I’ve recently found a service called Unotelly that allows you to pretend that you’re somewhere else in the world so that the likes of Netflix, Amazon, Spotify, Hulu, Vudu, Pandora and countless other really great streaming services are available. There is so much content out there you may never leave the house again. I’m not going to go into the technicalities of how the service works as it involves lots of three letter acronyms but follow the steps below:

Step 1: Sign up to Unotelly

Go to or click on this link for a free trial:

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Click that bad boy

Step 2: Change your DNS

Don’t worry if the term “DNS” scares you, just know you need to change it. If you’re interested in how it all works here’s a wikipedia article on the topic. You need to setup the new DNS in your router or modem, the device that you connect to the internet with. Most likely a technical friend or the Telkom man set yours up but know it’s the little box with the aerial or wires coming out of it. Don’t be afraid of the technicalities here, Unotelly have a great section where you can get information about how to change the DNS depending on what make of router you own.

Click on this link ( to go to their help site and then scroll down and select your router. This is probably the hardest step in the process so if you’re having no luck find a geek and bribe them with an iTunes voucher or something to set this up for you. In South Africa you’ll use the DNS in Cape Town which is “”. If you’re anywhere else in the world try this website to locate your closest DNS:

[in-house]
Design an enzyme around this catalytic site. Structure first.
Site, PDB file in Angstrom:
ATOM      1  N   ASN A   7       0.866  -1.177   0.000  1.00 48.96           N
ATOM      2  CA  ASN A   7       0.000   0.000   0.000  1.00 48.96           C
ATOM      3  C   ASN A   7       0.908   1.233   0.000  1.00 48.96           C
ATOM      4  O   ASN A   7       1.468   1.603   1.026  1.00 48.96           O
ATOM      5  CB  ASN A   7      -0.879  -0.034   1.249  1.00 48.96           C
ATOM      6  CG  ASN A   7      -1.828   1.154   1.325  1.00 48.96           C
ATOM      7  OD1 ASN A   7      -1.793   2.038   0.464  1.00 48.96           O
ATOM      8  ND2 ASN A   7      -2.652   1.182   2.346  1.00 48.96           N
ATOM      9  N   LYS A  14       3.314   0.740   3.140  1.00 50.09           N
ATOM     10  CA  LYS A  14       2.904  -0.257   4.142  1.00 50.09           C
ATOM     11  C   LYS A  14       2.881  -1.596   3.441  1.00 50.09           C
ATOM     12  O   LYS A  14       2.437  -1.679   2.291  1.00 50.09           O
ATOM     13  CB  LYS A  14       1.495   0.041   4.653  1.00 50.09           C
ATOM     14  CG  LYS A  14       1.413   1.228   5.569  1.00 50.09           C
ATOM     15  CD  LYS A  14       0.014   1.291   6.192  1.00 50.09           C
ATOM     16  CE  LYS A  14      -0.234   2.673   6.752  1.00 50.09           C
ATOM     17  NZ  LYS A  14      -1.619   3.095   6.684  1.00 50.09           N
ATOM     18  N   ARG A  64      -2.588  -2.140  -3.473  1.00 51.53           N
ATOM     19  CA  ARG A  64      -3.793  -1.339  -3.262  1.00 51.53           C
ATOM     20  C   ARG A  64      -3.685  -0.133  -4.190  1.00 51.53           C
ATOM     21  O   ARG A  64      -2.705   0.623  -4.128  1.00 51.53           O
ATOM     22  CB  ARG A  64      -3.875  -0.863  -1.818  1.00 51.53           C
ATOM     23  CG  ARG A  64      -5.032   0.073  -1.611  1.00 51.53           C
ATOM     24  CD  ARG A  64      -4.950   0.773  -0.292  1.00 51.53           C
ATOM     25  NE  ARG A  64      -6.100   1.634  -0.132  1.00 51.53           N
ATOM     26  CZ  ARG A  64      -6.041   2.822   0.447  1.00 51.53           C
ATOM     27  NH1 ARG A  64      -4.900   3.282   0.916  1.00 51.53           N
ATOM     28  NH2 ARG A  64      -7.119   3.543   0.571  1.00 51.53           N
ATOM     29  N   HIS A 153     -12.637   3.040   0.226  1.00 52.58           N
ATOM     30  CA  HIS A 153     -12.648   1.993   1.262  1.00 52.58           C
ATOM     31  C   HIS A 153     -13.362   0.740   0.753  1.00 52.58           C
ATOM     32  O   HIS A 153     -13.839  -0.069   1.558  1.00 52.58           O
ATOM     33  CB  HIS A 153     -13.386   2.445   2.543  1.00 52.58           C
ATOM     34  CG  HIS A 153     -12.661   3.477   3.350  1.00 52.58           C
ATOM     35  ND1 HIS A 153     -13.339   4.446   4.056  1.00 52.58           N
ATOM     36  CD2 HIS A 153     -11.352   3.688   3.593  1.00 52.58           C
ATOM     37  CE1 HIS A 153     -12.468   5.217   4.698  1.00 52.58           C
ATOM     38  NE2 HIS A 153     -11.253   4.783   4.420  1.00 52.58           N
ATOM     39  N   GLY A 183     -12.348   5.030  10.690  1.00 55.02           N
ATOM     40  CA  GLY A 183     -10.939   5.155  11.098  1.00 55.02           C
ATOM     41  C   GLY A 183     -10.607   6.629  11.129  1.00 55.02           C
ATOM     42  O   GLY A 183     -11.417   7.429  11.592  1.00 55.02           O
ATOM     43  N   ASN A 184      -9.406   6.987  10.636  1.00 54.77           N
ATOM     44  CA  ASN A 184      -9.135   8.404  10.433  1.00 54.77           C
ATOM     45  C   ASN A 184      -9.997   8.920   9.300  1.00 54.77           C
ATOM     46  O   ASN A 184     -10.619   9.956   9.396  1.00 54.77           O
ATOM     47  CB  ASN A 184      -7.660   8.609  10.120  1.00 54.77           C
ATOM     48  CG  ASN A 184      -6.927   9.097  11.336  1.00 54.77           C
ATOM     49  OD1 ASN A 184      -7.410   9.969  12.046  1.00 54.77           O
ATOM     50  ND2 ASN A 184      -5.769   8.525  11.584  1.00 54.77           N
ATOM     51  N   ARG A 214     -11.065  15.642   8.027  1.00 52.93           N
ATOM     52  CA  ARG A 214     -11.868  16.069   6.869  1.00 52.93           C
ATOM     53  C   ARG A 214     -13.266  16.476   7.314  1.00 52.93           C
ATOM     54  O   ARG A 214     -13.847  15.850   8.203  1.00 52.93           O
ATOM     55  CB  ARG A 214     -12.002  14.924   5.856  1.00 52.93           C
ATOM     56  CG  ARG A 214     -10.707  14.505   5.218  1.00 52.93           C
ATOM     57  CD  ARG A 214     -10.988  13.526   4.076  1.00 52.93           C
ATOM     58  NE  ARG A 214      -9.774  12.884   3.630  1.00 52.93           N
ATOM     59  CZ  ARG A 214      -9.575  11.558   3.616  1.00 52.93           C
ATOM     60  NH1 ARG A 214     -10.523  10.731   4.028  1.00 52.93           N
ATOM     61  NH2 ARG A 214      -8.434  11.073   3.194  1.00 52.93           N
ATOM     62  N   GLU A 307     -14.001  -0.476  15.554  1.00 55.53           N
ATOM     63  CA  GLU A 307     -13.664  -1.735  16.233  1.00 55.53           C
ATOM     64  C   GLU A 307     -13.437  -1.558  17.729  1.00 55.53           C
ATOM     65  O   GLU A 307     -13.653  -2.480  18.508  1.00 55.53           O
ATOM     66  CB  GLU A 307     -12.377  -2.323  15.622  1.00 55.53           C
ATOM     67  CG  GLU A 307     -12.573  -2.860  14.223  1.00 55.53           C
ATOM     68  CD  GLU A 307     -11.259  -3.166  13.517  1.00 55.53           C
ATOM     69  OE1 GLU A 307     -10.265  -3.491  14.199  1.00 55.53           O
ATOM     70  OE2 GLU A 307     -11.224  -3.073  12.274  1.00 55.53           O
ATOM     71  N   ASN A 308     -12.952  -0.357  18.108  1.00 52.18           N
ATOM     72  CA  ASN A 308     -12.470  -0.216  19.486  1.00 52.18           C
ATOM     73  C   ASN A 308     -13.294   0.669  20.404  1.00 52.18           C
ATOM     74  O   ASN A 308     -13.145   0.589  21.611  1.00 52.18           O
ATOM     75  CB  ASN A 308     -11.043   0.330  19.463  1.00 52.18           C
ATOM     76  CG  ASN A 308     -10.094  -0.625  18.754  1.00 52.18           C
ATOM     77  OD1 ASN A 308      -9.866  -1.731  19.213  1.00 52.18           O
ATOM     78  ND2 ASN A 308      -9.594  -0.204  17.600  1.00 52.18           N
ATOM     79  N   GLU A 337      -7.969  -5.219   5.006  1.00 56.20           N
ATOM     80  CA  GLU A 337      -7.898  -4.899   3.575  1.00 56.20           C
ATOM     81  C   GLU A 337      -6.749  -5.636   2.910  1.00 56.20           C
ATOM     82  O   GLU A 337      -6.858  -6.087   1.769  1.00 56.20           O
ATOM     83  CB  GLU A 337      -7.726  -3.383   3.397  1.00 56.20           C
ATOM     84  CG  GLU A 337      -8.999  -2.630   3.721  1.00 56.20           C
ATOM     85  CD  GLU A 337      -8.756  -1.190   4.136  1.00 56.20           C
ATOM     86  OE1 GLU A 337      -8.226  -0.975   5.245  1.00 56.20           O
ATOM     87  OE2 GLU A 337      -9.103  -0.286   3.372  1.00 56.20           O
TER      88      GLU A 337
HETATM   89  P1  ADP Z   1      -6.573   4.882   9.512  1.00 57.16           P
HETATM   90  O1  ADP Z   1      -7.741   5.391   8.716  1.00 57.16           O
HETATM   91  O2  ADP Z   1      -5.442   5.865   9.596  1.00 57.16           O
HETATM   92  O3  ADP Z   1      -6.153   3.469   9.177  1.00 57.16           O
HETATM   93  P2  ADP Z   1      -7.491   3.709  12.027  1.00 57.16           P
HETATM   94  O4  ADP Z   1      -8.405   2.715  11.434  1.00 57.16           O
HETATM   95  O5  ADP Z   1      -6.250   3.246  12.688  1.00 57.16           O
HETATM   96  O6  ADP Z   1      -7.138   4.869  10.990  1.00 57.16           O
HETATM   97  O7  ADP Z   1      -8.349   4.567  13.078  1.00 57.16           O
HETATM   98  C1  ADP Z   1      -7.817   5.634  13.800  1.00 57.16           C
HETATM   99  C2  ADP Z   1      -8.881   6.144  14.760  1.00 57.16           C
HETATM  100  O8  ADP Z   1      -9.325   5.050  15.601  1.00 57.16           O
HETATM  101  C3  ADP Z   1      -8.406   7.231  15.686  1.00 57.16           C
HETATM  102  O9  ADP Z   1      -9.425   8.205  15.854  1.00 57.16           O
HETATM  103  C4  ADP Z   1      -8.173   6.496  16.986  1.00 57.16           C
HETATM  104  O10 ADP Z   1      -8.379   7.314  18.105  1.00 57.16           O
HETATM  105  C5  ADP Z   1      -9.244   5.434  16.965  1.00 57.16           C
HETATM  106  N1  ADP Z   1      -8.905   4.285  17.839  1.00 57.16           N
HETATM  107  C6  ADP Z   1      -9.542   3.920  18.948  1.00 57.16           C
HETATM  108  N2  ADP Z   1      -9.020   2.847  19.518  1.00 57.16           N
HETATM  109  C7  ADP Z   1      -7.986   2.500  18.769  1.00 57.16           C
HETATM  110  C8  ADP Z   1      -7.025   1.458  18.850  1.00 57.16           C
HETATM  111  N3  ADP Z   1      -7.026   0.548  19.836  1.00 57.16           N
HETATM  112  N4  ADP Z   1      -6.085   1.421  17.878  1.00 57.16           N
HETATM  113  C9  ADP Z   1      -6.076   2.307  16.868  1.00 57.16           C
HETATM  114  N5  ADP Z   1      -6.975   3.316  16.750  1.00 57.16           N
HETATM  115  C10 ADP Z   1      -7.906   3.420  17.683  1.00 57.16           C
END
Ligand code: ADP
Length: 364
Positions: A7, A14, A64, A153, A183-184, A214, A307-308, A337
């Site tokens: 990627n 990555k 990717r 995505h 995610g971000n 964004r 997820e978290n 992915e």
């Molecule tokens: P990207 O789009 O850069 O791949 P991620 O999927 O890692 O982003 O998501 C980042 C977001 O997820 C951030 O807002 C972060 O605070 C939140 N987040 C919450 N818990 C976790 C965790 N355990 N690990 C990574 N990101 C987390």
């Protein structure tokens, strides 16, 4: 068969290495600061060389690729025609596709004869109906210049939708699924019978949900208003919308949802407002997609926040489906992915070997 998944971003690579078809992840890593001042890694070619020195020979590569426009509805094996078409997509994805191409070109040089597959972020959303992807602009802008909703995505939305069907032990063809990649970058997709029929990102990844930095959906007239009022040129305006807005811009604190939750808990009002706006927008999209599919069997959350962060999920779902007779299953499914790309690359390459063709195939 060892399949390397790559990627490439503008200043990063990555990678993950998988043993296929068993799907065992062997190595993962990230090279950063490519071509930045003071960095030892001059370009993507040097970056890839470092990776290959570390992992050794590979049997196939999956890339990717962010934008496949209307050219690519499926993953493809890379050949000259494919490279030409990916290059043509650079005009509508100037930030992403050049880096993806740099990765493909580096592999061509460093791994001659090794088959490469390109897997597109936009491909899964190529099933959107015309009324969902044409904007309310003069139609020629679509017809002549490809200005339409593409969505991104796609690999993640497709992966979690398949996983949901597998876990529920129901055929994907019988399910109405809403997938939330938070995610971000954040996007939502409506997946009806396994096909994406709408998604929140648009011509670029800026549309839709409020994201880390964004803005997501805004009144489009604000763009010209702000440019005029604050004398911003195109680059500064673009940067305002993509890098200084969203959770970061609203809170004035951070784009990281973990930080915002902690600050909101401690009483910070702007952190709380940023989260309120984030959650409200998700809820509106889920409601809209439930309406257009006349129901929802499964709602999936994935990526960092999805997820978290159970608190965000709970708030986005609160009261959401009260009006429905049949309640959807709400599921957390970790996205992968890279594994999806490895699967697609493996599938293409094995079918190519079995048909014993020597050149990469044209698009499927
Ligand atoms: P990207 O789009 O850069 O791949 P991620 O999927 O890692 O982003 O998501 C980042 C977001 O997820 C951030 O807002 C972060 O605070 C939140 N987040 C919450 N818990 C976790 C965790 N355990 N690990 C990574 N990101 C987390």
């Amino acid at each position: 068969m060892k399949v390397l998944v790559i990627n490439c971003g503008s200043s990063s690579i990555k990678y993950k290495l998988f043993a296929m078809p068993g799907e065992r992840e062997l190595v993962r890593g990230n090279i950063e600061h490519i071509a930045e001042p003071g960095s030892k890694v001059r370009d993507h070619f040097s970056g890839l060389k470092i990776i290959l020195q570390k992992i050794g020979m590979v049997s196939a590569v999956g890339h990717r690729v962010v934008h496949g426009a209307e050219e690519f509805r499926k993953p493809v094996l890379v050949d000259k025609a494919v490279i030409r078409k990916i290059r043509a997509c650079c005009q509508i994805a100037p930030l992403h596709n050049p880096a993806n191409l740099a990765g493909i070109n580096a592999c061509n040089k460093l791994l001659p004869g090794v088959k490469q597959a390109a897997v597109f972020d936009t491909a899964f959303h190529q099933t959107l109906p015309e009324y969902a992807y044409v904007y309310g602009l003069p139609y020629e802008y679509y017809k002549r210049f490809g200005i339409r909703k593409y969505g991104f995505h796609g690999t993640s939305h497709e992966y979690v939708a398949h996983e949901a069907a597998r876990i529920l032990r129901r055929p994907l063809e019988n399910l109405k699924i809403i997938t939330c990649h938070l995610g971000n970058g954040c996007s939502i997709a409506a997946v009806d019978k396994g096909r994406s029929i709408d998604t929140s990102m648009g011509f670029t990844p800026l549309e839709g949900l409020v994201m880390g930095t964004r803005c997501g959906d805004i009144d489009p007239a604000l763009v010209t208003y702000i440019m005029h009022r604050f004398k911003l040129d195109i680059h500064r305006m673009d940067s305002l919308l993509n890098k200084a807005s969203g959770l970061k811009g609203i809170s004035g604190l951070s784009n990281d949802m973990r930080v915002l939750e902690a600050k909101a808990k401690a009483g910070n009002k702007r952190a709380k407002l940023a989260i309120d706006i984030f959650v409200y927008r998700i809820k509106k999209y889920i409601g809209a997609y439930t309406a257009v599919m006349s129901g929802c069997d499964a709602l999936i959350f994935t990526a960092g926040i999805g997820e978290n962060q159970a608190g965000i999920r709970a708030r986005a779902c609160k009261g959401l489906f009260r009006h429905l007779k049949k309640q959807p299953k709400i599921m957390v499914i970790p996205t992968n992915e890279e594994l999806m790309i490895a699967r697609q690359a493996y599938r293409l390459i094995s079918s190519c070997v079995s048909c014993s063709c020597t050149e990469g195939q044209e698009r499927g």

Pick the brand of router you own

Pick the brand of router you own

Step 3: Check it’s all working and setup your IP

Okay, now we get to check that you setup is correct so go to and you’ll see a bar at the top showing you the status of your service. You’ll probably get an error message about your IP address which you need to setup. Click on the “authorised networks” tab on the left or click this link:

Enter your IP


Simply type any name into the “Network Name” and then type your IP into the “Your IP Address” area. You can see your IP address below the empty spaces but you need to still type it in. For example my IP in the example is “” and the “41” goes into the first block, the “244” into the second and so on. Everytime your router gets restarted you’ll need to redo the IP address part of these instructions but this isn’t often.

Once you’ve done this the top of your browser will show the following image. If you don’t see this you’ve entered the IP incorrectly so try again.

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Step 4: It’s Netflix time

So now that the internet thinks you’re in America it’s time to setup Netflix. Simply go to and signup for a months free trial.

Please don't judge my viewing habits

You can now phone up DSTV and cancel your account because it just because totally superfluous. You can check how to setup additional devices here or follow the Apple TV tutorial here. Your Xbox or PS3 that’s already sitting next to your TV also have the ability to stream the likes of Netflix, Hulu and music streaming services such as Pandora.

It’s a pleasure.